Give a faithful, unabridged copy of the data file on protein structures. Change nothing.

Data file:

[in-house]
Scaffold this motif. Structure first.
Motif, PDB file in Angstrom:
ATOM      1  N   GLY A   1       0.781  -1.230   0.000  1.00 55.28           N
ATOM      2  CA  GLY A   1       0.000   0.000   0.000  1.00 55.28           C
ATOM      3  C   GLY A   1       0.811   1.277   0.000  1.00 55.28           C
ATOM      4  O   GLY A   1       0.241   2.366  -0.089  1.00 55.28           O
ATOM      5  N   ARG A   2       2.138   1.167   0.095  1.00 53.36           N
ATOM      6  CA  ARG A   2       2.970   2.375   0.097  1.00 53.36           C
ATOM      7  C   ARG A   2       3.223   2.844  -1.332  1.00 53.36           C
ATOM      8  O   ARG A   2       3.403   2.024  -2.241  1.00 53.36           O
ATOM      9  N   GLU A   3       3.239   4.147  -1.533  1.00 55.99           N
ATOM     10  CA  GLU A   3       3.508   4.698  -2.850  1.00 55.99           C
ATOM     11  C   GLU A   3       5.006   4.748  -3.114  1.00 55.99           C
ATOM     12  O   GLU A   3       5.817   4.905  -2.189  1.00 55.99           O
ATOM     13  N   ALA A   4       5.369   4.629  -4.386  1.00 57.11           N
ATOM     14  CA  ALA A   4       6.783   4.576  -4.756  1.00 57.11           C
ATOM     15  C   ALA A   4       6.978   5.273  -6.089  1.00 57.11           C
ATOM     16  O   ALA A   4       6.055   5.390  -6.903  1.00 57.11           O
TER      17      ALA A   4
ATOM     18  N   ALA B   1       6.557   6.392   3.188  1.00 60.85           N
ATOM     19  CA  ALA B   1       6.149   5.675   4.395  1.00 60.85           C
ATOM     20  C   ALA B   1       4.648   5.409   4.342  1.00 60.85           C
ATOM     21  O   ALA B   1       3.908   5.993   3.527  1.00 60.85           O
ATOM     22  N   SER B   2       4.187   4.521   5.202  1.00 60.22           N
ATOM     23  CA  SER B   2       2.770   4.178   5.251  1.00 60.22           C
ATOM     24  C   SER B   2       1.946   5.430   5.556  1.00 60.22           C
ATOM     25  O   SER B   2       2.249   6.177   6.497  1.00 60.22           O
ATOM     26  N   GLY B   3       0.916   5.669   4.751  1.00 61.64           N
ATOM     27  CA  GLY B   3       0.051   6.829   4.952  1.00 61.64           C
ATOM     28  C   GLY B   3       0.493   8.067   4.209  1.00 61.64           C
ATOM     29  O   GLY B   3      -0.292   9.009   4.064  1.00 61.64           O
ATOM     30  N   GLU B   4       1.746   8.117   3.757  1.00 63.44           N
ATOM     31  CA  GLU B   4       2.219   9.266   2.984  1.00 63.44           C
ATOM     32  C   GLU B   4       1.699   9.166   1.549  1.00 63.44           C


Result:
[in-house]
Scaffold this motif. Structure first.
Motif, PDB file in Angstrom:
ATOM      1  N   GLY A   1       0.781  -1.230   0.000  1.00 55.28           N
ATOM      2  CA  GLY A   1       0.000   0.000   0.000  1.00 55.28           C
ATOM      3  C   GLY A   1       0.811   1.277   0.000  1.00 55.28           C
ATOM      4  O   GLY A   1       0.241   2.366  -0.089  1.00 55.28           O
ATOM      5  N   ARG A   2       2.138   1.167   0.095  1.00 53.36           N
ATOM      6  CA  ARG A   2       2.970   2.375   0.097  1.00 53.36           C
ATOM      7  C   ARG A   2       3.223   2.844  -1.332  1.00 53.36           C
ATOM      8  O   ARG A   2       3.403   2.024  -2.241  1.00 53.36           O
ATOM      9  N   GLU A   3       3.239   4.147  -1.533  1.00 55.99           N
ATOM     10  CA  GLU A   3       3.508   4.698  -2.850  1.00 55.99           C
ATOM     11  C   GLU A   3       5.006   4.748  -3.114  1.00 55.99           C
ATOM     12  O   GLU A   3       5.817   4.905  -2.189  1.00 55.99           O
ATOM     13  N   ALA A   4       5.369   4.629  -4.386  1.00 57.11           N
ATOM     14  CA  ALA A   4       6.783   4.576  -4.756  1.00 57.11           C
ATOM     15  C   ALA A   4       6.978   5.273  -6.089  1.00 57.11           C
ATOM     16  O   ALA A   4       6.055   5.390  -6.903  1.00 57.11           O
TER      17      ALA A   4
ATOM     18  N   ALA B   1       6.557   6.392   3.188  1.00 60.85           N
ATOM     19  CA  ALA B   1       6.149   5.675   4.395  1.00 60.85           C
ATOM     20  C   ALA B   1       4.648   5.409   4.342  1.00 60.85           C
ATOM     21  O   ALA B   1       3.908   5.993   3.527  1.00 60.85           O
ATOM     22  N   SER B   2       4.187   4.521   5.202  1.00 60.22           N
ATOM     23  CA  SER B   2       2.770   4.178   5.251  1.00 60.22           C
ATOM     24  C   SER B   2       1.946   5.430   5.556  1.00 60.22           C
ATOM     25  O   SER B   2       2.249   6.177   6.497  1.00 60.22           O
ATOM     26  N   GLY B   3       0.916   5.669   4.751  1.00 61.64           N
ATOM     27  CA  GLY B   3       0.051   6.829   4.952  1.00 61.64           C
ATOM     28  C   GLY B   3       0.493   8.067   4.209  1.00 61.64           C
ATOM     29  O   GLY B   3      -0.292   9.009   4.064  1.00 61.64           O
ATOM     30  N   GLU B   4       1.746   8.117   3.757  1.00 63.44           N
ATOM     31  CA  GLU B   4       2.219   9.266   2.984  1.00 63.44           C
ATOM     32  C   GLU B   4       1.699   9.166   1.549  1.00 63.44           C